The obvious and best way to offset this decline in birth rates is to open our doors to immigrants. Immigration has served, and continues to serve, as a counterweight to this demographic shift. Immigrants tend to be younger. Leaving your home for an arduous journey in the hope of a better life tends to be a young person's undertaking. Like all immigrants, Syrian refugees tend to be young. According to the UN Refugee Agency, over 50 percent of Syrian refugees are under age 18, and only 3 percent are over age 60.

According to Social Security's actuaries, if we increase net legal immigration by just
300,000 people a year -- less than 0.1 percent of our total population -- about eight percent of Social Security's projected long-range shortfall would disappear.

What is perhaps even less well known than the beneficial economic effect of refugees is the positive impact of undocumented immigrants on the financial health of Social Security. Between four and five out of ten contribute to Social
Security, but, by law, cannot collect the benefits they have earned. The actuaries estimate that Social Security received an extra $ 12 billion in 2010 alone, as a consequence. Moreover, between five and six out of ten undocumented workers are forced to take under the table, unregulated jobs in which they are exploited -- and where, as a side effect, they are unable to contribute a penny towards earned Social Security benefits.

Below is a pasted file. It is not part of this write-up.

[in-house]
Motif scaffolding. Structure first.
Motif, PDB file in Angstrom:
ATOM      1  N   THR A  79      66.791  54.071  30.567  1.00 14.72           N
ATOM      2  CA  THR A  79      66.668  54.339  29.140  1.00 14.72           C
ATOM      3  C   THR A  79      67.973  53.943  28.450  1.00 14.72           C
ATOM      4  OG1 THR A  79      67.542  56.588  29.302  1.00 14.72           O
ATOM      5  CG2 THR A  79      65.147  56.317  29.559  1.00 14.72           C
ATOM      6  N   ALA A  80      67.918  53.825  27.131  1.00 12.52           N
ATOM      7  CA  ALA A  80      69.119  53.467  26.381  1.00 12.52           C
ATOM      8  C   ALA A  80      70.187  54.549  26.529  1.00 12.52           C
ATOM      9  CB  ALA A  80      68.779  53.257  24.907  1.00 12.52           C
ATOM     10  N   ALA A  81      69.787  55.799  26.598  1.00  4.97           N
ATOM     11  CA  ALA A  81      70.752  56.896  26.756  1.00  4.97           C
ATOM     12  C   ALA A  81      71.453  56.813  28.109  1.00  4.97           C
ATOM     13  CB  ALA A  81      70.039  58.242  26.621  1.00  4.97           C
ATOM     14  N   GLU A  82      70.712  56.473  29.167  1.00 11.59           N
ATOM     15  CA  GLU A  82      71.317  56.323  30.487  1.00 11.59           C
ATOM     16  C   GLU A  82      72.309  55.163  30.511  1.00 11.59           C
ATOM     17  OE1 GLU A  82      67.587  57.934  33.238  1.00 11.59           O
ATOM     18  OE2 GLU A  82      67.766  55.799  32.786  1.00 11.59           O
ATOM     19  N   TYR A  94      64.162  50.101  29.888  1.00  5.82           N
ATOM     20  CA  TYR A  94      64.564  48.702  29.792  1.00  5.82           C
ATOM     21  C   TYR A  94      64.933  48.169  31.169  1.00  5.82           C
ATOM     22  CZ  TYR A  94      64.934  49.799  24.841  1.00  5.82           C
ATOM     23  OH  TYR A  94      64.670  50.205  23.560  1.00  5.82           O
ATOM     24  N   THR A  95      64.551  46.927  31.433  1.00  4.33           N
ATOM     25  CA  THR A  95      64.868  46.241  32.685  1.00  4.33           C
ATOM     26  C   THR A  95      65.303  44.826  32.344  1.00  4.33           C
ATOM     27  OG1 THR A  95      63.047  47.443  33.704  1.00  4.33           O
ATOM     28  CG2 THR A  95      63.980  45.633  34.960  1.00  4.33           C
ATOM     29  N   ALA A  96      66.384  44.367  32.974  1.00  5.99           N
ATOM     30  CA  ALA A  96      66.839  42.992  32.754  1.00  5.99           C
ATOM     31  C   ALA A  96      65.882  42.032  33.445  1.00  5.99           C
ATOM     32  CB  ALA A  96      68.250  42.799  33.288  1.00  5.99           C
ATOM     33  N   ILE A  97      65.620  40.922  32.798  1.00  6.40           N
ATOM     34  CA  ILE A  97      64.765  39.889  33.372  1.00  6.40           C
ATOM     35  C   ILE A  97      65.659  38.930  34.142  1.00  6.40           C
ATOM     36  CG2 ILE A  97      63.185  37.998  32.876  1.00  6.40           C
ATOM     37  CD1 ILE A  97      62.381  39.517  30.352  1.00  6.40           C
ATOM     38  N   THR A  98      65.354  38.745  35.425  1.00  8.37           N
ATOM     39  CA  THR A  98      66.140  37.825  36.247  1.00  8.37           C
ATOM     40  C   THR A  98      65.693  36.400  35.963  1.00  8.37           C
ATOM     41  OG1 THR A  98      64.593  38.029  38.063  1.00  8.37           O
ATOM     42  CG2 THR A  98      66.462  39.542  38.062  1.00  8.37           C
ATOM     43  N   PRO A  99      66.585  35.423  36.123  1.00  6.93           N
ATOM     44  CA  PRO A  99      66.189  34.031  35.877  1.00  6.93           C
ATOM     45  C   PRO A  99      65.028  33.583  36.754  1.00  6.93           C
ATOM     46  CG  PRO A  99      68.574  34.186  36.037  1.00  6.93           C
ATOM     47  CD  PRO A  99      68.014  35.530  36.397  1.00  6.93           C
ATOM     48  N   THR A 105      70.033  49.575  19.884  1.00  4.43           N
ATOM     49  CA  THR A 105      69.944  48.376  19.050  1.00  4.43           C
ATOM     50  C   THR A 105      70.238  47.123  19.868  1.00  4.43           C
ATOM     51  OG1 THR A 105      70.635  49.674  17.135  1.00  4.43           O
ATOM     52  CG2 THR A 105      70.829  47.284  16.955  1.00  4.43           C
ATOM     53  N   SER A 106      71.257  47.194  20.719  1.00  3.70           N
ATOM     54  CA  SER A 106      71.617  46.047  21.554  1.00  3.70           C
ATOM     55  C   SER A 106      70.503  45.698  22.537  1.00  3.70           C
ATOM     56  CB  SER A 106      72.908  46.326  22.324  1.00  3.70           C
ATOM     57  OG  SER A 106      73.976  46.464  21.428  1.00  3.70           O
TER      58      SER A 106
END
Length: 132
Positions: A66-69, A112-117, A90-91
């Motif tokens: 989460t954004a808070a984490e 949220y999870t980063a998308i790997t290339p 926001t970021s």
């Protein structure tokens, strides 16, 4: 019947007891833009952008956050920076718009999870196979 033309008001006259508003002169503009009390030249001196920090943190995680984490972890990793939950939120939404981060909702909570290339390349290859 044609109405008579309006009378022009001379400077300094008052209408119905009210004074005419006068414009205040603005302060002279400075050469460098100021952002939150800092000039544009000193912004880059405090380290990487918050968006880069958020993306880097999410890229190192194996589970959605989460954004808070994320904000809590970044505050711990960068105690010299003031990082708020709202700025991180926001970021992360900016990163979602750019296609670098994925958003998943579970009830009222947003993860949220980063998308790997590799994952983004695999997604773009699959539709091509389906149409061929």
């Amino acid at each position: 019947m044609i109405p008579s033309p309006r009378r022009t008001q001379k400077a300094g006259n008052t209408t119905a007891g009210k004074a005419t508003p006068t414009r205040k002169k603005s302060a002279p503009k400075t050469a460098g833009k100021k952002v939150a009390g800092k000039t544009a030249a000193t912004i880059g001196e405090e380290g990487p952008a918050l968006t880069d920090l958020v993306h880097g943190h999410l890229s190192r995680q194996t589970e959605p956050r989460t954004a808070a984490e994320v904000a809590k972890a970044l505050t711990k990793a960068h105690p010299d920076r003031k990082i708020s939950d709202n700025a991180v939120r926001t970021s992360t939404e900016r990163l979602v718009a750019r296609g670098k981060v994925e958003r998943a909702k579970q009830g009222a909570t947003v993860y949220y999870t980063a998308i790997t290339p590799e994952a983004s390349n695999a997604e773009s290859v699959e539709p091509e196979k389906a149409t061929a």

Granting legal status to these workers would add billions more to the Social Security trust funds. The average age of undocumented workers is 36, so they would, for the most part, be paying into the system for decades, without drawing out a penny. The Social Security Administration estimates that comprehensive immigration reform, where these workers would be brought out of the shadows, would add more than 6.5 million taxpayers over a decade, generating more than $275 billion in revenue for Social Security. The increased costs to Social Security would be only an additional $33 billion.

Bluntly put, admitting Syrian refugees would not only be altruistic; it would also be self-interested.

Many politicians (including more than half the nation's governors) are expressing unwillingness to accept, on security grounds, all Syrian refugees or at least all Syrian refugees who are Muslim. This is totally misguided. Even accepting the highly dubious, speculative claim, for purposes of argument, that there are terrorists hiding among the refugees, our screening of refugees is long and highly rigorous, including multiple background checks and interviews with national security professionals. It is highly unlikely terrorists would choose to subject themselves to such an arduous process, particularly when there are far easier options available to them. (Those engaged in the terrorism in Paris, for example, were Europeans who could have entered the United States as tourists.) Any terrorist stupid enough to seek to enter as a refugee would undoubtedly be captured.

Instead of listening to our fear, we should act on our compassion -- and on our self-interest. This Thanksgiving, in addition to enjoying friends, family and football, let's celebrate, and give thanks for, our long, admirable tradition of welcoming those who want to join us here. And let's resolve to act on our highest ideals, as well as our narrow self-interest, by welcoming Syrian refugees and others daring and desperate enough to seek a better life.